We were also able to recover a significant number of cases in which a particular food has been experimentally shown to have a positive or negative effect on disease progression. Hierarchical clustering based on correlation profiles of each disease across the whole drug or food panel led to the identification of several disease clusters with potential common pathophysiological properties, with the cancer cluster to be the most striking example. Our result is consistent with reports that cancers in different organs may have underlying biological similarities (Yang and Sun, 2007; Risbridger et al., 2010; Dawany et al., 2011). This finding increased our confidence that also the new diet-disease associations that our in silico analysis proposed should be carefully examined and perhaps followed up for experimental validation. From our analysis, kiwi, tofu, soy and persimmon all stand out as the diets with most anti-correlation relationships with cancers. Due to its antioxidant and cytotoxic properties, kiwifruit has been used to treat cancers in Chinese traditional medicine (Motohashi et al., 2002). Additionally, kiwifruit has a protective effect against cardiovascular disease as a result of its antioxidative, antihypertensive and hypocholesterolemic activities (Jung et al., 2005). Tofu is a primary soy food that is commonly consumed in Asian countries, such as China, Japan and Korea, which have been reported to have low incidences of breast and prostate cancer (Adlercreutz, 2002; Kim et al., 2008). Soy products contain isoflavones; these phytoestrogens, such as genistein, daidzein and glycitein, are known to influence several biological processes, including the biological activity of sex hormones and their effect on growth factors (Adlercreutz, 2002). There is increasing evidence that soy has a protective effect on non-small cell lung cancer (NSCLC) cases with epidermal growth factor receptor (EGFR) mutations and breast, ovarian and prostate cancers (Shu et al., 2001; Lee et al., 2003; Zhang et al., 2004; Matsuo et al., 2008; Mishra et al., 2011). In particular, tofu has been reported to be associated with a decreased risk of breast cancer (Hirose et al., 2003; Kim et al., 2008). In addition, tofu intake could alter susceptibility to low-density lipoprotein oxidation and may lower the risk of coronary heart disease (Ashton et al., 2000). Persimmon peel is rich in antioxidants, such as carotenoids and polyphenols (Gorinstein et al., 2001; Izuchi et al., 2009), which are known to protect against oxidative stress and have been implicated in various pathological conditions, including cardiovascular disease, cancer and neurological disorders (Dalle-Donne et al., 2006; Valko et al., 2007).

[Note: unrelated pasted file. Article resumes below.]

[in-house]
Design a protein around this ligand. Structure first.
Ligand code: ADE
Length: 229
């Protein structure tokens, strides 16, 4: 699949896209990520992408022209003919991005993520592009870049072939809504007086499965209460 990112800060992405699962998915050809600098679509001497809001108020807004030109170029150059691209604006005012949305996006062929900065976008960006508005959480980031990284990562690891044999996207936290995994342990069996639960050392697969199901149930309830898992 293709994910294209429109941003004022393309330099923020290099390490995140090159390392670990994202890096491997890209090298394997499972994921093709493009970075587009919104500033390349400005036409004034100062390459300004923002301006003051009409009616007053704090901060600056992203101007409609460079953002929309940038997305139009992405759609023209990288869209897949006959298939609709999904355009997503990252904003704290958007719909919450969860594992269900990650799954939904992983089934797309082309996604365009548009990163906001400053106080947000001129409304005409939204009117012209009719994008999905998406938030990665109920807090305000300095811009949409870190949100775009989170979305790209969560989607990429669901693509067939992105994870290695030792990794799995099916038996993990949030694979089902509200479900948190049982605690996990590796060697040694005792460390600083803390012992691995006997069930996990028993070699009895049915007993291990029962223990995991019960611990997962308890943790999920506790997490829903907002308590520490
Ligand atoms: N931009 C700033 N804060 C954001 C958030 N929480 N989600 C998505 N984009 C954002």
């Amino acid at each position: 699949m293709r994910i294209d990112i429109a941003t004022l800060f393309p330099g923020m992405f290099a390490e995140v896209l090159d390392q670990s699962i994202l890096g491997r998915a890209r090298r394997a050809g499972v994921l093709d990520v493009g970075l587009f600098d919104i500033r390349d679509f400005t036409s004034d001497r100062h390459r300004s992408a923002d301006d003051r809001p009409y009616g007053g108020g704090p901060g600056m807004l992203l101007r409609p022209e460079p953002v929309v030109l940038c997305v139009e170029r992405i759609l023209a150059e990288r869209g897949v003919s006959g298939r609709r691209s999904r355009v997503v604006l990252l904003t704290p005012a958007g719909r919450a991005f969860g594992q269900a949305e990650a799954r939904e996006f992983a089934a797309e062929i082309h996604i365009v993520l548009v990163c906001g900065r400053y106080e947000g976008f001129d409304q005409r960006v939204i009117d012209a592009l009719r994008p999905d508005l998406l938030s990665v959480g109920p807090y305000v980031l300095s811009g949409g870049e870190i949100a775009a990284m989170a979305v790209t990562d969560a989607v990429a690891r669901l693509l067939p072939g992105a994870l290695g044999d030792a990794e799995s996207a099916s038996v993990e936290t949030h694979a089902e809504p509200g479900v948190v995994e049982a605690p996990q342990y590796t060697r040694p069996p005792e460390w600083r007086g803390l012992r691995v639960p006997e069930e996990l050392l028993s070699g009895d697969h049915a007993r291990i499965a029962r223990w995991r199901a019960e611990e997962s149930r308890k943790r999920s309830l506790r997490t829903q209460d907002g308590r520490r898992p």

Similar to identifying the beneficial effects of specific foods, the ES method seemed to successfully recover known negative effects of diet in the development or progression of diseases, and it generated new relationships that should be considered for experimental validation or further computational analysis. One notable example is the correlation of fructose diet with several forms of cancer. The intake of dietary sugars such as glucose and fructose has increased considerably, especially fructose, which is frequently used as food additive for palatability. Furthermore, it has been reported that fructose promotes cancer growth by a variety of mechanisms, including altered cell metabolism and indirect enhancement of protein synthesis (Port et al., 2012), increased reactive oxygen species, DNA damage and inflammation (Liu and Heaney, 2011). Alcohol is probably the most intriguing case, since in our analysis it had the most associations (including correlations and anti-correlations) and, surprisingly, the most anti-correlated relationships with diseases. Usually, alcohol intake is considered harmful to human health; however, alcohol consumption has also been associated with a lower risk of specific diseases (Howard et al., 2004; Allen et al., 2009; Kallberg et al., 2009; Costanzo et al., 2010; Brien et al., 2011). Here, alcohol was predicted to be anti-correlated with RA, which is consistent with the finding of different studies that increased alcohol intake decreased the risk of RA (Kallberg et al., 2009; Maxwell et al., 2010; Di Giuseppe et al., 2012; Jin et al., 2014). Prostate cancer also displayed an anti-correlation with alcohol consumption, whereas similar anti-correlated relationships between prostate cancer and alcohol, or specific alcohol types such as red wine, have been reported previously (Breslow et al., 1999; Schoonen et al., 2005).